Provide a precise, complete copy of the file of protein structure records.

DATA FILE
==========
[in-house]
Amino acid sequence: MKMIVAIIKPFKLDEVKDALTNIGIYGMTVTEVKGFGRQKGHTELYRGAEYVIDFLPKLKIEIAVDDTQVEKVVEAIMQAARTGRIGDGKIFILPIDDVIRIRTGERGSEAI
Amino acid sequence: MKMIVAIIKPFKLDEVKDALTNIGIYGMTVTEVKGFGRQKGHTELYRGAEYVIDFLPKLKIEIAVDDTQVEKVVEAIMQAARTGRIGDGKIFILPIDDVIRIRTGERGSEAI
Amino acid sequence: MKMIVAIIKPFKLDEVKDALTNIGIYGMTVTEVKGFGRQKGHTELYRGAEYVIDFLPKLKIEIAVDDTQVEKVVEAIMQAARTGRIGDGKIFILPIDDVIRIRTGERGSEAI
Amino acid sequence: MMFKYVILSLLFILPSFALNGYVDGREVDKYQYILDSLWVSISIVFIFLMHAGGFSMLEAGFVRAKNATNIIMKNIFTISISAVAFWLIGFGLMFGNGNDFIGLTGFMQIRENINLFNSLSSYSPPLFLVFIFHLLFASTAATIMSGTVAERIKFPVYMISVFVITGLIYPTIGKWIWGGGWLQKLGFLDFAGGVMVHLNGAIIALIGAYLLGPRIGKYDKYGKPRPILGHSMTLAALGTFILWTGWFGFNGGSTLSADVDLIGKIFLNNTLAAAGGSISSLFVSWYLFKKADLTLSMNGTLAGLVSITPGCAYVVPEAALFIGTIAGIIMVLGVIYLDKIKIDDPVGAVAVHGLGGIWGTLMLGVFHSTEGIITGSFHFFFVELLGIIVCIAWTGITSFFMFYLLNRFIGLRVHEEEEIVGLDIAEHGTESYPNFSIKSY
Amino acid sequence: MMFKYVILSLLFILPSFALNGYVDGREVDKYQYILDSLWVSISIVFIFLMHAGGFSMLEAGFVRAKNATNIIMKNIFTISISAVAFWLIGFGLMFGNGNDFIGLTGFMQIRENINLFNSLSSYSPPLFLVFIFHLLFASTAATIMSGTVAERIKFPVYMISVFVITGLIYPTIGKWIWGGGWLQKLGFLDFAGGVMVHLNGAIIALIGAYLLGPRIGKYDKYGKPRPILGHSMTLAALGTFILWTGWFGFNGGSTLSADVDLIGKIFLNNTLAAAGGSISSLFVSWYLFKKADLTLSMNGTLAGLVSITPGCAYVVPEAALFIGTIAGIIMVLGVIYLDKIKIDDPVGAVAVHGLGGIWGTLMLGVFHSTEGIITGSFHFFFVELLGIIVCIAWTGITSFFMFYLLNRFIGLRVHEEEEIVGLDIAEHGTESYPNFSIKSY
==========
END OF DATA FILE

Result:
[in-house]
Amino acid sequence: MKMIVAIIKPFKLDEVKDALTNIGIYGMTVTEVKGFGRQKGHTELYRGAEYVIDFLPKLKIEIAVDDTQVEKVVEAIMQAARTGRIGDGKIFILPIDDVIRIRTGERGSEAI
Amino acid sequence: MKMIVAIIKPFKLDEVKDALTNIGIYGMTVTEVKGFGRQKGHTELYRGAEYVIDFLPKLKIEIAVDDTQVEKVVEAIMQAARTGRIGDGKIFILPIDDVIRIRTGERGSEAI
Amino acid sequence: MKMIVAIIKPFKLDEVKDALTNIGIYGMTVTEVKGFGRQKGHTELYRGAEYVIDFLPKLKIEIAVDDTQVEKVVEAIMQAARTGRIGDGKIFILPIDDVIRIRTGERGSEAI
Amino acid sequence: MMFKYVILSLLFILPSFALNGYVDGREVDKYQYILDSLWVSISIVFIFLMHAGGFSMLEAGFVRAKNATNIIMKNIFTISISAVAFWLIGFGLMFGNGNDFIGLTGFMQIRENINLFNSLSSYSPPLFLVFIFHLLFASTAATIMSGTVAERIKFPVYMISVFVITGLIYPTIGKWIWGGGWLQKLGFLDFAGGVMVHLNGAIIALIGAYLLGPRIGKYDKYGKPRPILGHSMTLAALGTFILWTGWFGFNGGSTLSADVDLIGKIFLNNTLAAAGGSISSLFVSWYLFKKADLTLSMNGTLAGLVSITPGCAYVVPEAALFIGTIAGIIMVLGVIYLDKIKIDDPVGAVAVHGLGGIWGTLMLGVFHSTEGIITGSFHFFFVELLGIIVCIAWTGITSFFMFYLLNRFIGLRVHEEEEIVGLDIAEHGTESYPNFSIKSY
Amino acid sequence: MMFKYVILSLLFILPSFALNGYVDGREVDKYQYILDSLWVSISIVFIFLMHAGGFSMLEAGFVRAKNATNIIMKNIFTISISAVAFWLIGFGLMFGNGNDFIGLTGFMQIRENINLFNSLSSYSPPLFLVFIFHLLFASTAATIMSGTVAERIKFPVYMISVFVITGLIYPTIGKWIWGGGWLQKLGFLDFAGGVMVHLNGAIIALIGAYLLGPRIGKYDKYGKPRPILGHSMTLAALGTFILWTGWFGFNGGSTLSADVDLIGKIFLNNTLAAAGGSISSLFVSWYLFKKADLTLSMNGTLAGLVSITPGCAYVVPEAALFIGTIAGIIMVLGVIYLDKIKIDDPVGAVAVHGLGGIWGTLMLGVFHSTEGIITGSFHFFFVELLGIIVCIAWTGITSFFMFYLLNRFIGLRVHEEEEIVGLDIAEHGTESYPNFSIKSY